On the cover of The Behavior Code: A Practical Guide to Understanding and Teaching the Most Challenging Students, there is a quote by William S. Pollack, Harvard Medical School, that sums up so well the dream of every educator or parent, “The Behavior Code is destined to become the handbook for every teacher who wants to understand what makes children do the things they do.” Our Author Interview Series brings you one of the authors of this wonderful book. Jessica Minahan, M.Ed, BCBA, is a board-certified behavior analyst and special educator in the Newton, Massachusetts public school system. Jessica has expert advice on teaching kids with challenging behaviors.
From cover to cover of The Behavior Code I felt the authors, Jessica Minahan and Nancy Rappaport, MD, were speaking to me, an elementary teacher and a mom. I felt they knew me, and knew those students who kept me awake at night. Teachers and parents, administrators and counselors, this book is written by authors who KNOW what our jobs are like trying to help children with anxiety-related, oppositional, withdrawn, and sexualized behaviors. Read my review here and an interview with Jessica’s co-author, Nancy Rappaport, MD, here.
Lorna: Welcome to our Interview Series and thank you so much for making the time to participate. When I visited your web site and read your bio I was amazed at all your qualifications. Please tell us a bit about your studies, your work, and what you find motivating in life.
Jessica Minahan >>Thank you for inviting me to the Interview Series. I’m delighted to participate. For over ten years, I’ve worked in public school systems supporting the inclusion of students with special needs into general education settings. When I started working as a special educator, it didn’t take long for me to realize that the most challenging students are those who engage in disruptive, explosive, inappropriate behavior. To help me work more effectively with these students I pursued board certification as a behavior analyst. I’m motivated by the positive outcomes these hard-to-reach students can have when teachers are able to understand them and teach them effectively.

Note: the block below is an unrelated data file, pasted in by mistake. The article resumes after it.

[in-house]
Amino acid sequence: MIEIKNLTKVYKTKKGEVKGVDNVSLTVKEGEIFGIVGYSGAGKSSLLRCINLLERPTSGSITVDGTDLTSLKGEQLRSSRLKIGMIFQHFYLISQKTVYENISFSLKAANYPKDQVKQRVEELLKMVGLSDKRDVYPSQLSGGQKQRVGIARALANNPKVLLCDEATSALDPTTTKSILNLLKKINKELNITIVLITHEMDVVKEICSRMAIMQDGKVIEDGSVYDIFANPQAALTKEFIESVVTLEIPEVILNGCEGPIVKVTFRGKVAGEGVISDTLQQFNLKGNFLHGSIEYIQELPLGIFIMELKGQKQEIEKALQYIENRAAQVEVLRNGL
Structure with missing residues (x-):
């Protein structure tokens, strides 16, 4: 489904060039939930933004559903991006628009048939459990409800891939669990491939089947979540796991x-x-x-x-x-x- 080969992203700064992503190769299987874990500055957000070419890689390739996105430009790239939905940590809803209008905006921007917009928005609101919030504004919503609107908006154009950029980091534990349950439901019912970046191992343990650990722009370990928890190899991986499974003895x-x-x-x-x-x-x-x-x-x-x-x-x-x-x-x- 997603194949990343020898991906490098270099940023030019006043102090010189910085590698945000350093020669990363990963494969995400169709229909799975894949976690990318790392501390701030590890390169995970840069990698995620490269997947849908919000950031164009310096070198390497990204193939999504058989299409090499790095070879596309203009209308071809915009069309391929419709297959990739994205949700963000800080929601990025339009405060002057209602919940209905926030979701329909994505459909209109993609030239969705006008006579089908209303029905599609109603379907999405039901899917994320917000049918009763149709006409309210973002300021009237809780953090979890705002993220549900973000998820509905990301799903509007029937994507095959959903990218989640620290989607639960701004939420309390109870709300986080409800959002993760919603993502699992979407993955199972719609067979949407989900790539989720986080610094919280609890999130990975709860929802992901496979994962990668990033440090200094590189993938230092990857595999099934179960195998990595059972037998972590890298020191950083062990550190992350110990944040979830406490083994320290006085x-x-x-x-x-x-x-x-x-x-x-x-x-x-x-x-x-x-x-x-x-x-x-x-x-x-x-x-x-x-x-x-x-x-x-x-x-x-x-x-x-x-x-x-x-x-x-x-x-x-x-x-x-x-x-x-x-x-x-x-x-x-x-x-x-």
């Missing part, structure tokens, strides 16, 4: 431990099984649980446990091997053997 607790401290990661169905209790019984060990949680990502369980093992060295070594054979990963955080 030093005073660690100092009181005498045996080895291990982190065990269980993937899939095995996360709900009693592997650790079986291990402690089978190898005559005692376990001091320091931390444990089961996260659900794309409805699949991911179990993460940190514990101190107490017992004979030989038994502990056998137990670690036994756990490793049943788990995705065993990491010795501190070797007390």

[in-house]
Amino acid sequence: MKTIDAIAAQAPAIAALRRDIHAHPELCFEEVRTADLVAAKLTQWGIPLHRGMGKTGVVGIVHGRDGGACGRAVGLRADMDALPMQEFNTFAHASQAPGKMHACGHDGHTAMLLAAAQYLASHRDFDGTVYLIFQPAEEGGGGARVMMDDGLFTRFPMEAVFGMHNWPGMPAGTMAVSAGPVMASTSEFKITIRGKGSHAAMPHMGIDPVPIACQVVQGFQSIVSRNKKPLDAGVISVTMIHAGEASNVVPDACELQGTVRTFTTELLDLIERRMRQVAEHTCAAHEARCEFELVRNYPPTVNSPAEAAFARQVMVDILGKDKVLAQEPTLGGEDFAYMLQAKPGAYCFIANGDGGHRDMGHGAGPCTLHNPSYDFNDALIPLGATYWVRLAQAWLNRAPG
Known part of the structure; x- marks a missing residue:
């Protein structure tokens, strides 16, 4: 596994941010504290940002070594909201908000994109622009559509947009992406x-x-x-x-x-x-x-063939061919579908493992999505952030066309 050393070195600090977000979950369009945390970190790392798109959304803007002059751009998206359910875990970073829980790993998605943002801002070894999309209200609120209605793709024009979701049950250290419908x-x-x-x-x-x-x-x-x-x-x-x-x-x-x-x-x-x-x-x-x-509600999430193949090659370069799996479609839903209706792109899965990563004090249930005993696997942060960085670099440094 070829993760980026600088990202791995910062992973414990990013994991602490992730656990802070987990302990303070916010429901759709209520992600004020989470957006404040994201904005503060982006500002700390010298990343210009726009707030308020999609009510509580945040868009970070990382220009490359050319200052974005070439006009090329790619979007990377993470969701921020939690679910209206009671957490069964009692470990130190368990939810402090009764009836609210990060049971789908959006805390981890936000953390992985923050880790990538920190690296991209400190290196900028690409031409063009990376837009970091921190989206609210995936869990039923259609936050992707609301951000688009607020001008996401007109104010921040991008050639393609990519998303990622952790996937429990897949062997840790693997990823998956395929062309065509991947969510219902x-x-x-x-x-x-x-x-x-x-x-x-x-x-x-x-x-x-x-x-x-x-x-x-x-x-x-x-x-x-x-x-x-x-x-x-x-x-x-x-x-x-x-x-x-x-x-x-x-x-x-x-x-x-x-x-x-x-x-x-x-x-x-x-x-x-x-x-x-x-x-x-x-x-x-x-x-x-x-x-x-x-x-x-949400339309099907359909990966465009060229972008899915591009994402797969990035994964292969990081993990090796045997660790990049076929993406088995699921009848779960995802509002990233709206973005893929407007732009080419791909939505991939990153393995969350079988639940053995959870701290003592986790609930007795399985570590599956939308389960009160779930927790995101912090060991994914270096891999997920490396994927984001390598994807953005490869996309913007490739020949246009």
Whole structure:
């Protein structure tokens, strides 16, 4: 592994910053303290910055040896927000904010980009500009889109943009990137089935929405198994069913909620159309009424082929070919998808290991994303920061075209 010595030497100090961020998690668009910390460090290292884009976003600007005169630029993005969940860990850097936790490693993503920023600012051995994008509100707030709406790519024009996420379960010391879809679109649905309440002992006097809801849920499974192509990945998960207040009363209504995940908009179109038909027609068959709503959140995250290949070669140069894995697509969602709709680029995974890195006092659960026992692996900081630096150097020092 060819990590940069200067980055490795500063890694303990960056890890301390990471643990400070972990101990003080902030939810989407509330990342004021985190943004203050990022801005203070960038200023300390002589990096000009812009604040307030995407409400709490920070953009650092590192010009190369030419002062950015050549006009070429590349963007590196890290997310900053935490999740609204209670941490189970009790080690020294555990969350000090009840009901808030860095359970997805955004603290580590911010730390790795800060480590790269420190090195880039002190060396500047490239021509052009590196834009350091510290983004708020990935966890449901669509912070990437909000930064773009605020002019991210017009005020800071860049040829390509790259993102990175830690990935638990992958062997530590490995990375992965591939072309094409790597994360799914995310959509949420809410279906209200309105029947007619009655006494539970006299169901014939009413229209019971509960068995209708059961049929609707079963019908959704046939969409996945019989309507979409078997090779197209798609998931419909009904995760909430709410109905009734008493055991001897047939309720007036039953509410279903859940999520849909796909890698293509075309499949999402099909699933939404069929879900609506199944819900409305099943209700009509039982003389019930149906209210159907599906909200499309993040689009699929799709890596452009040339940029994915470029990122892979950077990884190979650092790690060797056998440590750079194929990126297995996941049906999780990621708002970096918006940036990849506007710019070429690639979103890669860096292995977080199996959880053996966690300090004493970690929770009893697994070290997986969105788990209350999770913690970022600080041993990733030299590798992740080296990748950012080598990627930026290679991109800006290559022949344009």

Lorna: How and when did your collaboration with your co-author, Nancy Rappaport, MD, assistant professor of psychiatry at Harvard Medical School happen?
Jessica Minahan >> About ten years ago I was working with a student who was extremely explosive, violent, and aggressive. Nancy, who’s a child and adolescent psychiatrist, consulted on the case and her expertise was invaluable. Working together we realized how complementary our skills are in promoting success for students. Nancy and I paired up to write this book so we could help teachers intervene earlier and more effectively allowing them to minimize or avert crisis and challenging behavior from students.
Lorna: When you are asked, “What is The Behavior Code about and who is your target audience?” What is your answer?
Jessica Minahan >> The Behavior Code focuses on the four most challenging types of student in our classrooms: those with anxiety-related, oppositional, withdrawn, and sexualized behaviors. These students often fail in school, because interventions that work for most students can be ineffective and even exacerbating for students with mental health needs. Our book is for teachers, special educators, mental health professionals, and administrators who want to understand the behavior of their students and how to intervene early so they can teach them the necessary skills they need to succeed.
Lorna: When I was rereading parts of your book to find a suitable quote for my review, it was very difficult because I kept jumping from one page to the next like a child trying to choose candy at a candy store. Each page has a wealth of suggestions and all are so relevant and important for educators and parents. Can you narrow down a few tactics that adults working/raising children can use that really would make a lot of difference to children with problematic behaviors?